Policy reforms could help give tribes more authority over their energy resources.

Several policy proposals could support tribal sovereignty and address the obstacles imposed by the federal government. These include:

  • Give tribes and individual Indians the option to exert broad authority over the use of their land and natural resources. For those wishing to exercise such authority, clarify and grant jurisdiction over all natural resources within reservation boundaries.
  • Allow tribes and individual Indians to enter into long-term leases, such as 99-year leases, without BIA approval.
  • Make it easier for willing tribes to reduce BIA oversight over natural resource management by developing their own management policies and procedures for tribal property and assets.
  • Expand policies aimed at streamlining federal approval of certain tribal affairs, such as the Helping Expedite and Advance Responsible Tribal Homeownership (HEARTH) Act of 2012. The HEARTH Act currently allows tribes to create their own surface-land leasing regulations for certain limited purposes. Once a tribe’s plan is approved by the Secretary of the Interior, the act allows tribes to enter into leases without further approval. The act should be expanded to apply to subsurface energy leasing as well.
  • Streamline the approval process for tribes to enter into Tribal Energy Resource Agreements (TERAs), which would give tribes the authority to make energy development plans without requiring BIA approval for each leasing decision. The current TERA process, established in 2008, is so costly and complex that no tribe has yet entered into such an agreement.
Conclusion

Tribes have demonstrated time and again that they can succeed when the federal government grants them authority over their natural resources. But much more should be done to give Native Americans the same rights and freedoms that other Americans have to manage their natural resources. This could involve a variety of policy reforms that give tribes more authority to manage their own affairs, govern themselves, and control their land and resources.

Tribes should not have to develop their natural resources if they choose not to. But if they do desire it, the federal government should not make it overly costly or burdensome to do so. It’s time to give tribes the dignity they deserve by allowing them to make their own decisions about the land and resources in Indian Country.


Notes

[1] See Terry L. Anderson, Bryan Leonard, Dominic P. Parker, and Shawn Regan. Unlocking the Wealth of Indian Nations, edited by Terry L. Anderson, 2016. Lexington Press. 34.

[2] Grogan, Maura. 2011. Native American Lands and Natural Resource Development. Revenue Watch Institute: 6.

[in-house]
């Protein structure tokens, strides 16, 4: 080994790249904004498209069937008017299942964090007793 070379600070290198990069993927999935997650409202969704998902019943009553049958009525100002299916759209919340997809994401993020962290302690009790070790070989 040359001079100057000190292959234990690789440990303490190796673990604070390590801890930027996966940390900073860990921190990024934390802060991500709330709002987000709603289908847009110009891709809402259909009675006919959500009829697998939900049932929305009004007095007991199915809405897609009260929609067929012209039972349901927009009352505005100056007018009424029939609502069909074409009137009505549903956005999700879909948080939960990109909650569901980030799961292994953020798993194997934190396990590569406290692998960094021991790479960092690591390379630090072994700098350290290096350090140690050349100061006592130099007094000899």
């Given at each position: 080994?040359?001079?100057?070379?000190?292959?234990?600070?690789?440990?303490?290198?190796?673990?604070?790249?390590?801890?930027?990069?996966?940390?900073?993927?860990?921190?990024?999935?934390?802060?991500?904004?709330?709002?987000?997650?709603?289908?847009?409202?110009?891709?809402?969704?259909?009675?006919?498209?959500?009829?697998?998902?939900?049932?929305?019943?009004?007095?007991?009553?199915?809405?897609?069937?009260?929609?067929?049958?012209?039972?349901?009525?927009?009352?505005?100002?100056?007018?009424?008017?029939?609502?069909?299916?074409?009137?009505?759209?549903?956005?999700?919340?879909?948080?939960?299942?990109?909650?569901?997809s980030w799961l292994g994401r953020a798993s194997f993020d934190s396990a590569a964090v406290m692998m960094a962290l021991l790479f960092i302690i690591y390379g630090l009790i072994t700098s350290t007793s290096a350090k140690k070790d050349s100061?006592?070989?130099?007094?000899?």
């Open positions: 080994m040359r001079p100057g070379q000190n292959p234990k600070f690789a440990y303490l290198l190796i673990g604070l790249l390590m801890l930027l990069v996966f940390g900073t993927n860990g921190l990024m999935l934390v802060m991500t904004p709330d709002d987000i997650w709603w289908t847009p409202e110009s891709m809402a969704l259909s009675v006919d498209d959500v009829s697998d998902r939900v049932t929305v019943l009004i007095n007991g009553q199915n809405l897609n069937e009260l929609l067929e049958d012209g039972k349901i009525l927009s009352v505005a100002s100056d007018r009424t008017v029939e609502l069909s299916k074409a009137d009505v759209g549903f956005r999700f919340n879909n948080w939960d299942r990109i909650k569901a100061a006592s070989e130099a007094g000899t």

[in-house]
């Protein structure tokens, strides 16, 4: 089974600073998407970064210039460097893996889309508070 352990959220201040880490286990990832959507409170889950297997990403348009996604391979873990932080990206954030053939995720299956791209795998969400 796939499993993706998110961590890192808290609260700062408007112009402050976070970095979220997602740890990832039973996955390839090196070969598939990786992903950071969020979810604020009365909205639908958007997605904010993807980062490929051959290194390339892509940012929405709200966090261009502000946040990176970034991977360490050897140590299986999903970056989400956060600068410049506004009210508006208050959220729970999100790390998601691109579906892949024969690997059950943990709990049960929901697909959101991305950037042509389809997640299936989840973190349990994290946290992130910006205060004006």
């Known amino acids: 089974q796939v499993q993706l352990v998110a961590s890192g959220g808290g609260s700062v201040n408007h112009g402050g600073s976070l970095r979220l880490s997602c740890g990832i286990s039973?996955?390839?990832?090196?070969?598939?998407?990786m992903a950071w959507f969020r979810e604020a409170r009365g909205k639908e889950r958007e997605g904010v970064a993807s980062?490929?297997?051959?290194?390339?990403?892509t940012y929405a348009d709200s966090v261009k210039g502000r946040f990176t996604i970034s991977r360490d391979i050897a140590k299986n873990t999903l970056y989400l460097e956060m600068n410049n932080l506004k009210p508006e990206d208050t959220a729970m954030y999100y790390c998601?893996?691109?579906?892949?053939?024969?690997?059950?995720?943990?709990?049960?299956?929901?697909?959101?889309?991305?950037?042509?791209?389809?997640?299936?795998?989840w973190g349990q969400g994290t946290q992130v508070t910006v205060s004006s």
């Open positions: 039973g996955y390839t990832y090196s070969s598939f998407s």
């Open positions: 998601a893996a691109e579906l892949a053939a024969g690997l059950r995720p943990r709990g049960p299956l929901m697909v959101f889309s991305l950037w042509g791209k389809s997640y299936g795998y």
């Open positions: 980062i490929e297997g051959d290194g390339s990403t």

[3] Ibid.

[4] Middleton, Robert W. 2008. Hearing before the Committee on Indian Affairs, US Senate. Indian Energy Development: Statement of Dr. Robert W. Middleton, 110th Congress, Second Session, May 1. Available at: http://www.indian.senate.gov/public/_files/May12008.pdf.

[5] Cornell, Stephen, and Joseph Kalt. 2000. Where’s the Glue? Institutional and Cultural Foundations of American Indian Economic Development. Journal of Socio-Economics 29(5): 443-70.

[6] Crane-Murdoch, Sierra. 2012. The Other Bakken Boom: A Tribe Atop the Nation’s Biggest Oil Play. PERC Case Study. Available at: http://perc.org/articles/other-bakken-boom.

[7] For more detailed discussions, see Shawn E. Regan and Terry L. Anderson, “The Energy Wealth of Indian Nations,” LSU Journal of Energy Law and Resources, 2014, Vol 3, Issue 1. 195-223; and Shawn Regan, “Unlocking the Wealth of Indian Nations: Overcoming Obstacles to Tribal Energy Development,” 2014, PERC Policy Perspective. Property and Environment Research Center. Available at: https://www.perc.org/2014/02/18/unlocking-the-wealth-of-indian-nations-overcoming-obstacles-to-tribal-energy-development/.   

[8] Grogan, Maura. 2011. Native American Lands and Natural Resource Development. Revenue Watch Institute.

[9] Prepared statement by Marcus Levings (of Ft. Berthold Tribe) in Hearing before the Committee on Indian Affairs, US Senate, October 22, 2009.

[10] Middleton, Robert W. 2008. Hearing before the Committee on Indian Affairs, US Senate. Indian Energy Development: Statement of Dr. Robert W. Middleton, 110th Congress, Second Session, May 1. http://www.indian.senate.gov/public/_files/May12008.pdf.

[11] Crane-Murdoch, Sierra. 2012. The Other Bakken Boom: A Tribe Atop the Nation’s Biggest Oil Play. PERC Case Study. Available at http://perc.org/articles/other-bakken-boom.

[12] Ambler, Marjane. 1990. Breaking the Iron Bonds: Indian Control of Energy Development. University Press of Kansas.

[13] Miller, Robert J. 2012. Reservation “Capitalism”: Economic Development in Indian Country. Bison Books.

[14] Crane-Murdoch, Sierra. 2012. The Other Bakken Boom: A Tribe Atop the Nation’s Biggest Oil Play. PERC Case Study. Available at http://perc.org/articles/other-bakken-boom.

[15] Berry, Allison. 2009. Two Forests Under the Big Sky: Tribal v. Federal Management. PERC Policy Series No. 45.

[16] See Government Accountability Office, “INDIAN ENERGY DEVELOPMENT:

Poor Management by BIA Has Hindered Energy Development on Indian Lands,” 2015. Available at https://www.gao.gov/products/GAO-15-502.

[17] Grogan, Maura. 2011. Native American Lands and Natural Resource Development. Revenue Watch Institute.